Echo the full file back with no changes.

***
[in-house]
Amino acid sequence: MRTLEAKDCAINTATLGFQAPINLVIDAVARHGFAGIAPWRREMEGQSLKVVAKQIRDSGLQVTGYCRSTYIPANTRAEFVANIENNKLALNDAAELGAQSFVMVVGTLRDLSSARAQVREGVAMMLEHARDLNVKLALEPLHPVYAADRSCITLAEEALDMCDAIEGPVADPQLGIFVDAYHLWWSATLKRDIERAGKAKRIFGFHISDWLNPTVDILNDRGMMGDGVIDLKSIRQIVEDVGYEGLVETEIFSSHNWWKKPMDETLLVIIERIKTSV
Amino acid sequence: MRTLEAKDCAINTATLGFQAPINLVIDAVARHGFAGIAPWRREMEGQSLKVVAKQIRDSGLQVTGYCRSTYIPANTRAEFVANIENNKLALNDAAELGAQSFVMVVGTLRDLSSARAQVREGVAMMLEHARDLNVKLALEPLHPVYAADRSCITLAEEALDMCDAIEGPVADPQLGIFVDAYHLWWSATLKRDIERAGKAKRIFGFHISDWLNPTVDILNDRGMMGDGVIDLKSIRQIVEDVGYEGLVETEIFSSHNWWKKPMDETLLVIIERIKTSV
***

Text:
[in-house]
Amino acid sequence: MRTLEAKDCAINTATLGFQAPINLVIDAVARHGFAGIAPWRREMEGQSLKVVAKQIRDSGLQVTGYCRSTYIPANTRAEFVANIENNKLALNDAAELGAQSFVMVVGTLRDLSSARAQVREGVAMMLEHARDLNVKLALEPLHPVYAADRSCITLAEEALDMCDAIEGPVADPQLGIFVDAYHLWWSATLKRDIERAGKAKRIFGFHISDWLNPTVDILNDRGMMGDGVIDLKSIRQIVEDVGYEGLVETEIFSSHNWWKKPMDETLLVIIERIKTSV
Amino acid sequence: MRTLEAKDCAINTATLGFQAPINLVIDAVARHGFAGIAPWRREMEGQSLKVVAKQIRDSGLQVTGYCRSTYIPANTRAEFVANIENNKLALNDAAELGAQSFVMVVGTLRDLSSARAQVREGVAMMLEHARDLNVKLALEPLHPVYAADRSCITLAEEALDMCDAIEGPVADPQLGIFVDAYHLWWSATLKRDIERAGKAKRIFGFHISDWLNPTVDILNDRGMMGDGVIDLKSIRQIVEDVGYEGLVETEIFSSHNWWKKPMDETLLVIIERIKTSV